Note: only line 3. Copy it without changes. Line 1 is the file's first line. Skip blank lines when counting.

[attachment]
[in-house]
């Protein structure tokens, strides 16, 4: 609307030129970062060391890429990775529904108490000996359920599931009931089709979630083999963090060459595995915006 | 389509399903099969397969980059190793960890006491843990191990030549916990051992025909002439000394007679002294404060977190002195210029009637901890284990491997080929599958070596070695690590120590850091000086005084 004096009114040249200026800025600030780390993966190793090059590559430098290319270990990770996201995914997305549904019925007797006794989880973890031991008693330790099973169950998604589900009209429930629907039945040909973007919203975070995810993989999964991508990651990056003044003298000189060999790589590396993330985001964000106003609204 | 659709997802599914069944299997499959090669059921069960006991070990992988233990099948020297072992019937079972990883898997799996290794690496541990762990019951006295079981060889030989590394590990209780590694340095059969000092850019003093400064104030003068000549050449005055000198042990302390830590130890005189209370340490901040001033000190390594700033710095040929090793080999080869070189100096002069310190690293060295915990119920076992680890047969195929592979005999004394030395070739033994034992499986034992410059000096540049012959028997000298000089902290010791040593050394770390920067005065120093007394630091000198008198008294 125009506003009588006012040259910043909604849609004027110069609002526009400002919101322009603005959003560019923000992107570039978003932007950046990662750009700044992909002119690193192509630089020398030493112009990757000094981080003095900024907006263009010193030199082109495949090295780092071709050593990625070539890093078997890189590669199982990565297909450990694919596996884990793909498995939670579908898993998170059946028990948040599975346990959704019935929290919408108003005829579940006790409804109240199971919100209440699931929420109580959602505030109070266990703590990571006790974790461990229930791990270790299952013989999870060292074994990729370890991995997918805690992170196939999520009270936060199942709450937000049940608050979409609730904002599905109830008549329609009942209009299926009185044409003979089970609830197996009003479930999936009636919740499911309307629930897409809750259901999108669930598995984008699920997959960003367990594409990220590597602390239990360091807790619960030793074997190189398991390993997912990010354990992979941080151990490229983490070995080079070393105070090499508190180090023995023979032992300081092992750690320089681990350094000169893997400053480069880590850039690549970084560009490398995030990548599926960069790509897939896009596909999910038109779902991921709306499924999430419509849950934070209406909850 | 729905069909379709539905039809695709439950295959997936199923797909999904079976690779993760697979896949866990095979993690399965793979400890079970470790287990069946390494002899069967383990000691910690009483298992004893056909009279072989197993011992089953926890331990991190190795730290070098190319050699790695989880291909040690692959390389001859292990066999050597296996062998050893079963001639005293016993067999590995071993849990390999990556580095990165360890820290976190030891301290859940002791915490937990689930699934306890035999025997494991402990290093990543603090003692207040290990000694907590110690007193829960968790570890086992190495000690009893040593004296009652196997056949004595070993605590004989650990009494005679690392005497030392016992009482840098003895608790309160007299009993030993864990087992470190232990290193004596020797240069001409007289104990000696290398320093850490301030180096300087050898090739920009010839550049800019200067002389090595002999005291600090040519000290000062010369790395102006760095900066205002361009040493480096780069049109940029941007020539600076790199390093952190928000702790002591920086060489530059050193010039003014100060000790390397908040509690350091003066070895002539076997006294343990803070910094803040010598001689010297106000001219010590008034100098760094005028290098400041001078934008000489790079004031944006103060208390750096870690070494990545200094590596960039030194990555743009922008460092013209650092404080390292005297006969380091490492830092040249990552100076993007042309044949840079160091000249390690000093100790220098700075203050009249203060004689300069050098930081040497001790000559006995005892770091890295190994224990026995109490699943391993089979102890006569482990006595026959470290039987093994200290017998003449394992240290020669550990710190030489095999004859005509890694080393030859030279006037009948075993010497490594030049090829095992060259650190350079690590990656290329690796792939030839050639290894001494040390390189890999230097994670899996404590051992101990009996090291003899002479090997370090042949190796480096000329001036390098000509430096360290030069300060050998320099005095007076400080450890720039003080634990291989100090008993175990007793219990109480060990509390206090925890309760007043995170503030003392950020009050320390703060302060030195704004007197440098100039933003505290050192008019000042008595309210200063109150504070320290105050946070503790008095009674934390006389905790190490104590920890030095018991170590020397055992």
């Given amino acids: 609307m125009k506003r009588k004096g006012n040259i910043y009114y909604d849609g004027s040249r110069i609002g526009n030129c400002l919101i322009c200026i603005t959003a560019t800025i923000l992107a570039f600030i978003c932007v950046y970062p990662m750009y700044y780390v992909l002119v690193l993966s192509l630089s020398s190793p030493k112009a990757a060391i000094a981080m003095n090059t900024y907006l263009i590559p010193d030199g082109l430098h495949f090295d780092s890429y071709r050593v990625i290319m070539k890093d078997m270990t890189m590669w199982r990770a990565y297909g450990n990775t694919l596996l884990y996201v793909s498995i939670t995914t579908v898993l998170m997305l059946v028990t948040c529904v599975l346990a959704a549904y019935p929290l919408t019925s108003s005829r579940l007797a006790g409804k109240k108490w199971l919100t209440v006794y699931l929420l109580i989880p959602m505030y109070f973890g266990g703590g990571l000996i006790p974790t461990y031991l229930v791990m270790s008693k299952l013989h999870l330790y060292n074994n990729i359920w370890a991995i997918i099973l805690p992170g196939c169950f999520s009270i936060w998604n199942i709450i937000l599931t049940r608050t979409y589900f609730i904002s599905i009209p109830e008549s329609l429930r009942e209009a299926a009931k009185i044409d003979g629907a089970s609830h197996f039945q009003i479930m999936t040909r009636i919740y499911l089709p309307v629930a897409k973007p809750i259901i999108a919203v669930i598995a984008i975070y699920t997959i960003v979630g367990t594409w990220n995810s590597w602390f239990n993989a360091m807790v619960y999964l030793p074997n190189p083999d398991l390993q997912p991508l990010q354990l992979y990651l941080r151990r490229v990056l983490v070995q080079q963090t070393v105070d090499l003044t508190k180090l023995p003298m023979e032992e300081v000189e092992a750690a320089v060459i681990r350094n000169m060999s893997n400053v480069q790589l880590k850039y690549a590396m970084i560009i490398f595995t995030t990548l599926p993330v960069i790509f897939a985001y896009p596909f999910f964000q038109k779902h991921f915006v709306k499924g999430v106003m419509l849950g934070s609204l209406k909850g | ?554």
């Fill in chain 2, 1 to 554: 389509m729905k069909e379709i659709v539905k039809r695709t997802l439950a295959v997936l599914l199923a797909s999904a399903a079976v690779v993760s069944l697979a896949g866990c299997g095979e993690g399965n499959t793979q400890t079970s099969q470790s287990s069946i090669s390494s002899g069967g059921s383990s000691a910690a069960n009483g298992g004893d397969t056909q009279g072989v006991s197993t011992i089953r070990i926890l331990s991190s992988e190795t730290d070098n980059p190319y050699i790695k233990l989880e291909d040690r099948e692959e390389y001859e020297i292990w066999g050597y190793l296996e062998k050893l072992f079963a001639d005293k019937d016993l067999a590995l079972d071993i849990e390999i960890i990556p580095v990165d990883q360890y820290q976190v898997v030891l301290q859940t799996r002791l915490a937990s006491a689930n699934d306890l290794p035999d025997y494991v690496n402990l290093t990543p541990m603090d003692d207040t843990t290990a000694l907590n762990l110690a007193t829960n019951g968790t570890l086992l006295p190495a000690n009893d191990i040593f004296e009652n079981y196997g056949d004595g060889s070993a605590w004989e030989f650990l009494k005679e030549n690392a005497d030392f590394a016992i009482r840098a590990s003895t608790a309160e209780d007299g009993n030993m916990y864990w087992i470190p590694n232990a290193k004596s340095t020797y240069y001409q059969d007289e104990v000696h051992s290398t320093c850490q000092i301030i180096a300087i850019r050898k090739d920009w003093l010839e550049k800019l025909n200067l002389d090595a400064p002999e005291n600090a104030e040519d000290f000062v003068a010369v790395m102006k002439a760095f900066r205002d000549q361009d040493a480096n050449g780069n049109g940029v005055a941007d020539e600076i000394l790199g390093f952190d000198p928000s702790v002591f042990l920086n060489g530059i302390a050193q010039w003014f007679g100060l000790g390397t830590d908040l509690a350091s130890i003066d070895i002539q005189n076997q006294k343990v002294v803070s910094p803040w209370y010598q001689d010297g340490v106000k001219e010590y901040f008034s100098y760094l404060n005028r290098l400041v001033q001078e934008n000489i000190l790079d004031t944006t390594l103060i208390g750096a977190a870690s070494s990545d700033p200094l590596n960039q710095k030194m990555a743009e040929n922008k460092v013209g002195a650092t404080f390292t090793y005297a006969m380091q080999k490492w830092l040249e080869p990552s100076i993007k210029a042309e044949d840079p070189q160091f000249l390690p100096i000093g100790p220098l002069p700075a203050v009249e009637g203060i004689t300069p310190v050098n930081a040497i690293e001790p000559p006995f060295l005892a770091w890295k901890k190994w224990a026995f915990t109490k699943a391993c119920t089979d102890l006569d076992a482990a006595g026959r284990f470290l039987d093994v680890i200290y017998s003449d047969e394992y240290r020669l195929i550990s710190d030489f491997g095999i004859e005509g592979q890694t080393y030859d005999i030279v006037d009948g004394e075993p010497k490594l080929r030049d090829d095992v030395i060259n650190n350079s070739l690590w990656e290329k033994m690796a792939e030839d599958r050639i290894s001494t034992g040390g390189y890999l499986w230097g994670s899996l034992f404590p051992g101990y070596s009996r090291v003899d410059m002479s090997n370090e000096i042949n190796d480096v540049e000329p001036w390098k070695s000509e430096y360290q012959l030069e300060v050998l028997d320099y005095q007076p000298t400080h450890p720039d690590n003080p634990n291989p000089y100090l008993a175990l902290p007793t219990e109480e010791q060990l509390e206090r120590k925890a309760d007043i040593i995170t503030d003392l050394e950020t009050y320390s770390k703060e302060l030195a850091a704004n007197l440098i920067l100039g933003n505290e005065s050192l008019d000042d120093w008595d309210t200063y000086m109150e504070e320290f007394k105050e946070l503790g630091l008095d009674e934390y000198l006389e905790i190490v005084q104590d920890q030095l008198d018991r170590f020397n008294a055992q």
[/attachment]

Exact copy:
């Given amino acids: 609307m125009k506003r009588k004096g006012n040259i910043y009114y909604d849609g004027s040249r110069i609002g526009n030129c400002l919101i322009c200026i603005t959003a560019t800025i923000l992107a570039f600030i978003c932007v950046y970062p990662m750009y700044y780390v992909l002119v690193l993966s192509l630089s020398s190793p030493k112009a990757a060391i000094a981080m003095n090059t900024y907006l263009i590559p010193d030199g082109l430098h495949f090295d780092s890429y071709r050593v990625i290319m070539k890093d078997m270990t890189m590669w199982r990770a990565y297909g450990n990775t694919l596996l884990y996201v793909s498995i939670t995914t579908v898993l998170m997305l059946v028990t948040c529904v599975l346990a959704a549904y019935p929290l919408t019925s108003s005829r579940l007797a006790g409804k109240k108490w199971l919100t209440v006794y699931l929420l109580i989880p959602m505030y109070f973890g266990g703590g990571l000996i006790p974790t461990y031991l229930v791990m270790s008693k299952l013989h999870l330790y060292n074994n990729i359920w370890a991995i997918i099973l805690p992170g196939c169950f999520s009270i936060w998604n199942i709450i937000l599931t049940r608050t979409y589900f609730i904002s599905i009209p109830e008549s329609l429930r009942e209009a299926a009931k009185i044409d003979g629907a089970s609830h197996f039945q009003i479930m999936t040909r009636i919740y499911l089709p309307v629930a897409k973007p809750i259901i999108a919203v669930i598995a984008i975070y699920t997959i960003v979630g367990t594409w990220n995810s590597w602390f239990n993989a360091m807790v619960y999964l030793p074997n190189p083999d398991l390993q997912p991508l990010q354990l992979y990651l941080r151990r490229v990056l983490v070995q080079q963090t070393v105070d090499l003044t508190k180090l023995p003298m023979e032992e300081v000189e092992a750690a320089v060459i681990r350094n000169m060999s893997n400053v480069q790589l880590k850039y690549a590396m970084i560009i490398f595995t995030t990548l599926p993330v960069i790509f897939a985001y896009p596909f999910f964000q038109k779902h991921f915006v709306k499924g999430v106003m419509l849950g934070s609204l209406k909850g | ?554």